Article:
In Plato’s work Cratylus, Socrates and his two interlocutors discuss the relationship between names and their referents. One interlocutor, Hermogenes, argues that the relationship between a name and its referent is simply arbitrary and based on social convention. The other interlocutor, Cratylus, rejects this view and argues that a name has a natural, nonconventional connection with its referent (e.g., perhaps due to certain qualities that the name shares with its referent).
This discussion continued throughout the Greco-Roman world, with many philosophers developing accounts that incorporate features of both Hermogenes and Cratylus (see Frede and Inwood, 2005). In the seventeenth century, John Locke, by contrast, took a more exclusive approach, arguing for a thoroughly Hermogenean view. In An Essay Concerning Human Understanding, Locke writes, “[W]ords being sounds, can produce in us no other simple ideas than of those very sounds; nor excite any in us, but by that voluntary connexion which is known to be between them and those simple ideas which common use has made them the signs of” (III.4.11).
Locke’s exclusively Hermogenean view is also shared by many philosophers today. Michael Rescorla, in his (2011) Stanford Encyclopedia article on convention, writes, “Nowadays, virtually all philosophers side with Hermogenes. Barring a few possible exceptions such as onomatopoeia, the association between a word and its referent is not grounded in the intrinsic nature of either the word or the referent. Rather, the association is arbitrary.”
In opposition to the exclusively Hermogenean view, a new paper by Maia Pujara, Richard Wolf, Michael Koenigs, and myself provides evidence that phonemes (the human speech sounds that constitute words) have an inherent, non-arbitrary emotional quality. Moreover, our data suggest that the perceived emotional valence of certain phoneme combinations depends on a specific acoustic feature—namely, the dynamic shifts within the phonemes’ first two frequency components.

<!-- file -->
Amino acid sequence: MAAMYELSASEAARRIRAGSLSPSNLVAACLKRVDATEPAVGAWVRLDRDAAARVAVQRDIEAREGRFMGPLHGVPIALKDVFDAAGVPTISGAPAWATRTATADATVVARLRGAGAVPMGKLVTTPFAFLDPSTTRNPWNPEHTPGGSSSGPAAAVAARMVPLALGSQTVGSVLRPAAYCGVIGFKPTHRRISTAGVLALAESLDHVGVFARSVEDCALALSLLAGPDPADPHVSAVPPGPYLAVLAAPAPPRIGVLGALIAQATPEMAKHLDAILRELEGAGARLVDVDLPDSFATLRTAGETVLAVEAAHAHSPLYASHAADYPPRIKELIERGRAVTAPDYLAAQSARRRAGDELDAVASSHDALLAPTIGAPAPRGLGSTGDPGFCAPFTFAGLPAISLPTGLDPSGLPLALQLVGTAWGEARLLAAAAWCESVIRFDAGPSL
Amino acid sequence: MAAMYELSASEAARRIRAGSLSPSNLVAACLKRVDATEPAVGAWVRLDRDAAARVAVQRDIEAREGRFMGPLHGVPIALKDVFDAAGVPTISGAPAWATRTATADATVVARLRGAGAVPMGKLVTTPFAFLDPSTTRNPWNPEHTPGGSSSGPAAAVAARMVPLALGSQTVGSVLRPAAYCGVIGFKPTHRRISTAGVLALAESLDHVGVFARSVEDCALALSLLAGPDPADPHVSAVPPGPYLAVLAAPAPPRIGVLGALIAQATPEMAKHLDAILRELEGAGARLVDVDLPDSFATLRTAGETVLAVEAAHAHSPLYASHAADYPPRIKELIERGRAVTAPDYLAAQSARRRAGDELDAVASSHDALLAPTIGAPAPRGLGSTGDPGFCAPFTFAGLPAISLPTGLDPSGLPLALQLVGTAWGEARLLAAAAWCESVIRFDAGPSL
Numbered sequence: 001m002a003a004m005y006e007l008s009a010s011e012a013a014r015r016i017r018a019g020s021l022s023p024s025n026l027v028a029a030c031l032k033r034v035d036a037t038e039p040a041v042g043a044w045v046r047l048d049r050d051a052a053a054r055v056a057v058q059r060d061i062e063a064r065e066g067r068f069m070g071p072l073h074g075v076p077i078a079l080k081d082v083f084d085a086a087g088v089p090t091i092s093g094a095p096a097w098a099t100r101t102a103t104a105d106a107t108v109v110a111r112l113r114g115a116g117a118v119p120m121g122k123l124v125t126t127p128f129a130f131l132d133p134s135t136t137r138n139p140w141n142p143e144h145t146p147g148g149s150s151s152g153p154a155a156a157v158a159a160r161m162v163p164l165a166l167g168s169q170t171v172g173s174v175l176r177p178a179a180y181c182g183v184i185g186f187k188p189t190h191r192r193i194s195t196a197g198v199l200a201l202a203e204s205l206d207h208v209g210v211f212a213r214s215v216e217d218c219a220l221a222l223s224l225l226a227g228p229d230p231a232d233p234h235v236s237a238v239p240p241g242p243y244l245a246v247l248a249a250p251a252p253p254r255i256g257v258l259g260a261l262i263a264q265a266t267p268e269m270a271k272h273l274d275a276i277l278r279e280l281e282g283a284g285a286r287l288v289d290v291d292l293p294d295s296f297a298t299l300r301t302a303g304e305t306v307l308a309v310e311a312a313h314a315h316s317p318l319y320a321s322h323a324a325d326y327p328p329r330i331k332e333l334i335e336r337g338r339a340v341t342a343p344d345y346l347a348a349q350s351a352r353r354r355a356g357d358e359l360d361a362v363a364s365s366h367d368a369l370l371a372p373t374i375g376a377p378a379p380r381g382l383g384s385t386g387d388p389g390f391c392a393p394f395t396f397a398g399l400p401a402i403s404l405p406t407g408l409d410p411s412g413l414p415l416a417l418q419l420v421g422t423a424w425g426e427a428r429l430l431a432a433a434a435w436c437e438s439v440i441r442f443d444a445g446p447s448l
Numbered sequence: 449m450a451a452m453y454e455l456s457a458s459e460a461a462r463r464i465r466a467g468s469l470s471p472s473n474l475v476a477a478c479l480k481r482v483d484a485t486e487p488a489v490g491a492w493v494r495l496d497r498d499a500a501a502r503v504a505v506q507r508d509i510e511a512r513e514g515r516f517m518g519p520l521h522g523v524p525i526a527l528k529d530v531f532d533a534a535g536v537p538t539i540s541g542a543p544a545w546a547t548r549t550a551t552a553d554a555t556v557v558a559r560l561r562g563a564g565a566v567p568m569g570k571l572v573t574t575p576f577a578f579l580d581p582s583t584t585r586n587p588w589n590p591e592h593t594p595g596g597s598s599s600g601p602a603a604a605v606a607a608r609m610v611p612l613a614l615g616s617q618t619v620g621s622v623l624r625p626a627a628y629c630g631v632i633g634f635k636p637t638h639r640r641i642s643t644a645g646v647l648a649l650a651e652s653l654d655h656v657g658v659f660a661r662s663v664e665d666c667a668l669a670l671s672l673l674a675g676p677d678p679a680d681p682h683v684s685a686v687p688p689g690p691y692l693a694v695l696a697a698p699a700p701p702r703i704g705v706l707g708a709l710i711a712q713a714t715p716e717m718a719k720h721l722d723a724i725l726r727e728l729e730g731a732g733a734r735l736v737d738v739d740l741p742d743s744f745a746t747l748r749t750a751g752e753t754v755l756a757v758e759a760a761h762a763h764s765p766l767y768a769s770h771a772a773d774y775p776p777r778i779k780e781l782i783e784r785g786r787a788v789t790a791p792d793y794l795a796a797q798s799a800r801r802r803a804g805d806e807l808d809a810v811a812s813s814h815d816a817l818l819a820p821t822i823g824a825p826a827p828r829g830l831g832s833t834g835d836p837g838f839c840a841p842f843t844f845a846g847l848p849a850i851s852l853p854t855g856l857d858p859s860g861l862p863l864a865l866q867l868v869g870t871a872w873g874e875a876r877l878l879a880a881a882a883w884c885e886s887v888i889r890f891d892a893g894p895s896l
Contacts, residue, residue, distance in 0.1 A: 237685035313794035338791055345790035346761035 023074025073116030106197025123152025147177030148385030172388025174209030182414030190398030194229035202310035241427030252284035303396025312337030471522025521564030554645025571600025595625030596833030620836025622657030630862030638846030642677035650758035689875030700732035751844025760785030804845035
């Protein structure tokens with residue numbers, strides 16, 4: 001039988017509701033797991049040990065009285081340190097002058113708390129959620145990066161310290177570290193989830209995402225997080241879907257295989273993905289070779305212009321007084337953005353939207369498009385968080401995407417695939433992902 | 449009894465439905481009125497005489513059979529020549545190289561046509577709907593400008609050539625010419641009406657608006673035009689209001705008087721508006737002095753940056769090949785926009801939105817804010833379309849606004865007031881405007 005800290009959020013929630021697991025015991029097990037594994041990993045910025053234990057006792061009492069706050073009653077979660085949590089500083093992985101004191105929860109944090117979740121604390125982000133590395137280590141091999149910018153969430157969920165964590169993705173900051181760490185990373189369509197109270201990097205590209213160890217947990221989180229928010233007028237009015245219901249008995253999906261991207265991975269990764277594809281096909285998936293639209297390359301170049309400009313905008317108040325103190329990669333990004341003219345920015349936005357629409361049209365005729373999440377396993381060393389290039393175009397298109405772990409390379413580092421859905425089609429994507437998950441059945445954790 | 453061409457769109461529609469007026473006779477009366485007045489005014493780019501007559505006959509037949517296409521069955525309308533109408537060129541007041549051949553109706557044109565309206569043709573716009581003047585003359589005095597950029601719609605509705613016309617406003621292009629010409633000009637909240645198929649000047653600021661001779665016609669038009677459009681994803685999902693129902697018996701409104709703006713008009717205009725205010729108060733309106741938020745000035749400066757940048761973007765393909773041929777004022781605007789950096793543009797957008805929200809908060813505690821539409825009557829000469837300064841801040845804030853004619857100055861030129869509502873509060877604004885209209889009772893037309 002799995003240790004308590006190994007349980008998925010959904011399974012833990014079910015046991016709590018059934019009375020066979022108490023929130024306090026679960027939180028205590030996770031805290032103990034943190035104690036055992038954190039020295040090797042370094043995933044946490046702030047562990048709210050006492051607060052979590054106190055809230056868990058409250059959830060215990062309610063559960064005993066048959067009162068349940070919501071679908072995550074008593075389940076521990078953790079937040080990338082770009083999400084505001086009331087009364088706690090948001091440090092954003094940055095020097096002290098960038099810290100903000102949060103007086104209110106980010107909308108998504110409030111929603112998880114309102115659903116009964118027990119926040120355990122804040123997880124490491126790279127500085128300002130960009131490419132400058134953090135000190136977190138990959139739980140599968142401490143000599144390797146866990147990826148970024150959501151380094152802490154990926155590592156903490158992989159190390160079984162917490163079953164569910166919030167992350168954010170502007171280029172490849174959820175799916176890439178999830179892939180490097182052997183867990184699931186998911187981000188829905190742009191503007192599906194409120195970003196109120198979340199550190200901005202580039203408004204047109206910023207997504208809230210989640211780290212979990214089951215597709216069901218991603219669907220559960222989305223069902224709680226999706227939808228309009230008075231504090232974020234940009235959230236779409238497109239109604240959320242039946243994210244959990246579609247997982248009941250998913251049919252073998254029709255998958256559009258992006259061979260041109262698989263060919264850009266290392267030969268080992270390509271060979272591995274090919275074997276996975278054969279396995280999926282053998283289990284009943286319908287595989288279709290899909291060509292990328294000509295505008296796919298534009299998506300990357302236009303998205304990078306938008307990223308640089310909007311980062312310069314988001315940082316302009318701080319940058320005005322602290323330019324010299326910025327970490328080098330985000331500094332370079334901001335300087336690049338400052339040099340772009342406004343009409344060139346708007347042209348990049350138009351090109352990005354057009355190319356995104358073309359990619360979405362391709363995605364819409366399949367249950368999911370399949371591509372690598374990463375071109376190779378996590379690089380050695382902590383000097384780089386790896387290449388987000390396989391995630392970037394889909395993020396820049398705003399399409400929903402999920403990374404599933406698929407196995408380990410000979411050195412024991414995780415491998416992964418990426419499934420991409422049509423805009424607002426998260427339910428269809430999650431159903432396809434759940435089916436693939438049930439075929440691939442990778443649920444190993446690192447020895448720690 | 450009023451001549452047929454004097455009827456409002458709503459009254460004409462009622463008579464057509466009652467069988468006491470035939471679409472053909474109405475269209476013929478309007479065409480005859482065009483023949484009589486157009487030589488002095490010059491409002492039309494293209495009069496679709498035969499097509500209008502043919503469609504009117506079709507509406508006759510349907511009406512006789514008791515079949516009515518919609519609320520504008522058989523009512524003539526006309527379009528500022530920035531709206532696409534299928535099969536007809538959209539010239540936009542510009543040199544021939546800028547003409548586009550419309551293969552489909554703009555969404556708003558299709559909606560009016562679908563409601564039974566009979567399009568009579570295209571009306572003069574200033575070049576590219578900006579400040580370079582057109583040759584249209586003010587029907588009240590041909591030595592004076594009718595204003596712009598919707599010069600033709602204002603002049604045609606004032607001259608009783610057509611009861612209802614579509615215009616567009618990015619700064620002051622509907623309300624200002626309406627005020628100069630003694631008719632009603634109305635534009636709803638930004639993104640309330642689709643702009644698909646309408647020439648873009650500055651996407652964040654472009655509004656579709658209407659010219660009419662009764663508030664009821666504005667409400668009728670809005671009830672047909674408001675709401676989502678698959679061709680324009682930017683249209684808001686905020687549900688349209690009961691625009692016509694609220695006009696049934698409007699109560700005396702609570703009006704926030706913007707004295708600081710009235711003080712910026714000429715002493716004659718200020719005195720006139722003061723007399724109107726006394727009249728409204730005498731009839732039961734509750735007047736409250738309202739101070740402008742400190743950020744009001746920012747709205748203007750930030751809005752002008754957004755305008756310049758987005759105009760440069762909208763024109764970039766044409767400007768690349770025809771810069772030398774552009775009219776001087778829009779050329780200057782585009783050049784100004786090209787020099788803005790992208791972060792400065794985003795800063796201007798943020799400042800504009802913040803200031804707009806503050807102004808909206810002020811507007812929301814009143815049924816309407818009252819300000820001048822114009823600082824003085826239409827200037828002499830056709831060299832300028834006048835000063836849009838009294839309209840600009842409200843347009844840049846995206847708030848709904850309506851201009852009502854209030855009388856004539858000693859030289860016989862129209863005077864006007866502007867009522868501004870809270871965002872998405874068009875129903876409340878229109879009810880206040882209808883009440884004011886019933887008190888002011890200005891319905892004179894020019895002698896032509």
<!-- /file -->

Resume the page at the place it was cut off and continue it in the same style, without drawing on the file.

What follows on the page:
Our study is predicated on a number of previous observations. First, during the production of human phonemes, air within the vocal tract vibrates at several different frequencies simultaneously; each of these frequencies is known as a “formant frequency.” Second, humans’ ability to auditorily differentiate between phonemes is largely mediated by the relative positions and transition patterns of the first two formant frequencies (F1 and F2). Third, numerous nonhuman animal species lower their vocal tracts (thereby lowering the frequencies of their vocalizations) in order to appear larger and more threatening to antagonists or competitors.
Thus, we predicted that strings of phonemes characterized by downward shifts in F1/F2 formants (perhaps evolutionarily rooted in antagonistic/competitive behavior) would be associated with negative emotion, whereas strings of human phonemes characterized by upward shifts in F1/F2 formants (perhaps evolutionarily rooted in conciliative/submissive behavior) would be associated with positive emotion.
To test this prediction, we adapted a two-alternative forced-choice test in which subjects were instructed to match strings of phonemes (comprising nonsense words) with pictures. The non-words were constructed so as to exhibit either an overall upward or downward shift in F1/F2 frequencies. The pictures were selected on the basis of eliciting positive or negative emotion. During the test, consisting of 20 experimental trials, subjects saw a pair of non-words (one with upward F1/F2 shifts, the other with downward F1/F2 shifts), and a pair of pictures (one positive, one negative). Subjects were instructed to mentally sound out each word, and then match each word to one of the two pictures. As predicted, subjects reliably paired the downward F1/F2 shift non-words with the negative images and the upward F1/F2 shift non-words with the positive images (see Figure 1 below). A detailed description of the data and methods can be found in the paper.
These results seem to suggest that (contrary to the exclusively Hermogenean view popular amongst many philosophers) certain strings of phonemes have a non-arbitrary emotional quality, and, moreover, that the emotional quality can be predicted on the basis of specific acoustic features.
Figure 1. A, B: Spectrograms illustrating the first four formants (F1-F4) of the nonsense words “bupaba” and “dugada” as obtained with Praat software (version 5.1.20). When distinguishing between these words, the most salient formant transitions are the F2 transitions from consonants to vowels (outlined in red), which move slightly upward for “bupaba” and downward for “dugada”. C: Example of a trial from the visual task. Subjects pressed a vertical arrow button to match the non-words/pictures vertically, or a horizontal arrow button to match the non-words/pictures horizontally. D: Visual task data (n=32 adult subjects, 15 males, mean age 35.5±15.2). The proportion of individuals selecting a majority of predicted responses (i.e., on more than 10 out of the 20 trials) was significantly greater than expected by chance (Yates’ χ2= 23.8; p=0.000001).